The extravagantly talented novelist Arthur Phillips seems to be making a grand tour of all the best literary genres. He kicked it off in 2002, with "Prague," a tragicomic bildungsroman about an ensemble of young Americans desperately striving to have an authentic bohemian experience in early-'90s Budapest, Hungary. Then he tried a literary/historical thriller with the diverting, if baggy, "The Egyptologist," whose narrator slides irrevocably down the scale from unreliable to outright demented. For his latest effort, "Angelica," Phillips has produced an elegantly sculpted psychological ghost story told from four different points of view; it's "The Turn of the Screw" crossed with "Rashomon."
"Angelica" describes the disintegration of a Victorian marriage. The wife, Constance Barton, is a "counter-jumper," a beautiful, orphaned shopgirl who married up. Her husband, Joseph, works in a medical research laboratory, overseeing animal experiments whose nature is only alluded to, with a vagueness more chilling than any Grand Guignol. The other two principle parties are the couple's 4-year-old daughter, Angelica, and Anne Montague, a spiritualist hired by Constance when she becomes convinced that a malevolent spirit is after her child. As an added twist, all four accounts are imaginary re-creations, the work of a single narrator, someone intimately connected with the affair, who appears to be writing all this down under the orders of a psychiatrist.
As you might expect, whatever opinions you form after reading Constance's section of the novel will be capsized by Anne's, then by Joseph's and finally by ... well, Angelica's version of the story is a special case. As far as Constance is concerned, male lust and violence threaten her at every turn. She sees her husband (whose family name was changed from Bartone) as seething with "boiling" Latin blood and an "inexhaustible furnace of rage" barely concealed by a façade of "cool" English self-possession. After three grueling miscarriages, Constance believes another pregnancy will kill her, but how can she keep putting off this fiery "Italian bravo"? Leering men -- Joseph's friends, strangers in the park -- surround her. The newspapers reek with reports of a Ripper-like killer at large in London and atrocities perpetrated by "brown men" abroad (apparently the Sepoy Rebellion of 1858, in which British women and children were massacred). Finally, the eerie lights, frigid drafts and foul smells emanating from her daughter's bedroom coalesce into a specter hovering lasciviously over Angelica's sleeping form.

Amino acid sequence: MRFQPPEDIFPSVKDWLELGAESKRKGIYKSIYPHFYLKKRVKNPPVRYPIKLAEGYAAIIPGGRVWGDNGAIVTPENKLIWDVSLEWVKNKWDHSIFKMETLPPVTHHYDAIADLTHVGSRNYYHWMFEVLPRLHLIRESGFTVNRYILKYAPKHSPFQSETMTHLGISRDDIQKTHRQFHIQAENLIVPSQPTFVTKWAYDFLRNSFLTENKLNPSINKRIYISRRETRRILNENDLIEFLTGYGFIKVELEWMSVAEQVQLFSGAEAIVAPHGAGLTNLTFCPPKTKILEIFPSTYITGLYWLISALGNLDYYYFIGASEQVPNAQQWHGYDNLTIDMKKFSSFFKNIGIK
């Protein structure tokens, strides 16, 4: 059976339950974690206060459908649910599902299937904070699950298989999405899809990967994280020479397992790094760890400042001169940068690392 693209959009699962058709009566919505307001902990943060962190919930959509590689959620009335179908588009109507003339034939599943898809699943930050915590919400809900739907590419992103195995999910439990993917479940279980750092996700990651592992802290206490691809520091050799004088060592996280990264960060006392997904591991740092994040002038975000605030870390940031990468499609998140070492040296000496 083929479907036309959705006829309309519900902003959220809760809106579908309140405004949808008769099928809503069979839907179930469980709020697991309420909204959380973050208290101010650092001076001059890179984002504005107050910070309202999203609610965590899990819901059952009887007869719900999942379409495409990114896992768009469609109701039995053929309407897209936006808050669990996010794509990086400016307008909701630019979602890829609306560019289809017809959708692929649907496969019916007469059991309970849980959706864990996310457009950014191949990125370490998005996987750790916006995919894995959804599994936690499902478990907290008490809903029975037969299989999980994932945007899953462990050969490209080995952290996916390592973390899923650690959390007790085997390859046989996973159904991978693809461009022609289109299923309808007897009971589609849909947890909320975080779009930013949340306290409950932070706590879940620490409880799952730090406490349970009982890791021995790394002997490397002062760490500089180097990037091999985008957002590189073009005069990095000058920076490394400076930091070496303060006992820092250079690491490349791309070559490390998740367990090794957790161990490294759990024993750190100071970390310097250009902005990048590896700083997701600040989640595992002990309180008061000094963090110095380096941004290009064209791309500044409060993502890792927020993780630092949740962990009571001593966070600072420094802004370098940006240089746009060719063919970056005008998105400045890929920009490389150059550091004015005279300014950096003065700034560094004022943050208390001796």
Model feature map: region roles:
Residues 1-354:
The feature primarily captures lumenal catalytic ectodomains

Anne Montague, a former actress, may believe in spirits, but she thinks something else is rotten in the Barton household. In spite of the pecuniary instincts that urge her not to alienate a good client from her husband and his money, her compassion is roused by Constance's "natural and lovely aura of tragically subdued liveliness." Like most of the characters in "Angelica," Anne holds firm ideas about the sexes. Men, as she sees it, cling to the inadequate rationalism of "gavels and microscopes and ledger books, all the lenses they use to make themselves feel better," except when they're harrowing the world with the "horrible outbursts" of their "excess desire." Joseph, who proves to be neither as hot- nor as coldblooded as either woman believes, simply thinks his wife is going insane, and consults a doctor who explains that it wouldn't be a long trip. "Madness in women," Dr. Miles announces, "is a magnification of the moods they normally carry in their repertoire."
Embedded in Joseph's consultation with Dr. Miles is a bizarre tale the doctor tells of a man who is murdered by his apparently deranged wife; she claims he had been "selling her to the Tsar's army night after night for years." Or at least, the authorities think the wife is mad, until they discover a secret compartment in the couple's bedchamber, filled with regimental uniforms. And on and on the story goes, turning on itself "at least three more times before Joseph lost all track of who had been guilty, mad or worthy of his sympathies. With the testimonies of each new character ... the meanings of both the murder and the marriage shifted, guilt fluttered from one shoulder to the next, taking wing again as soon as its claws had touched down."
Somehow, none of this unsettles the doctor's faith in the accuracy of his own diagnosis. "Angelica" is, like Heidi Julavits' recent novel, "The Uses of Enchantment," a brief against certainty, and like that novel, it, too, directly targets psychiatry for its hubris in thinking it can get to the bottom of human behavior and emotions. Indirectly, the novel tweaks those unsophisticated readers who demand to know what really happened, a question that's a lot easier to get away with not answering in a ghost story. The horror of the great psychological ghost stories -- Henry James' "The Turn of the Screw" and "The Jolly Corner," and Shirley Jackson's "The Haunting of Hill House" -- lies in the fuzziness of the line dividing the supernatural from the simply mad, the perils of the outside world from the dangers lurking within.
Phillips grasps and articulates this principle flawlessly, perhaps too flawlessly, since a lot of the frisson -- the creepiness -- of the Jamesian ghost story resides in its vibrating inability to be certain about even its own uncertainty. This author knows how to draw that fuzzy line, but you don't get the sense he has ever walked it himself, so "Angelica" is always interesting, but never actually spooky. Still, Phillips has yet to write a bad -- or even a mediocre -- novel, and this one is so much better than the usual run of literary fiction, it seems ungracious to quibble. Eventually, Phillips will light upon the genre -- a Trollopian "social novel" perhaps? -- that ideally suits his gifts, and an unqualified celebration will be in order: Of that there can be no doubt.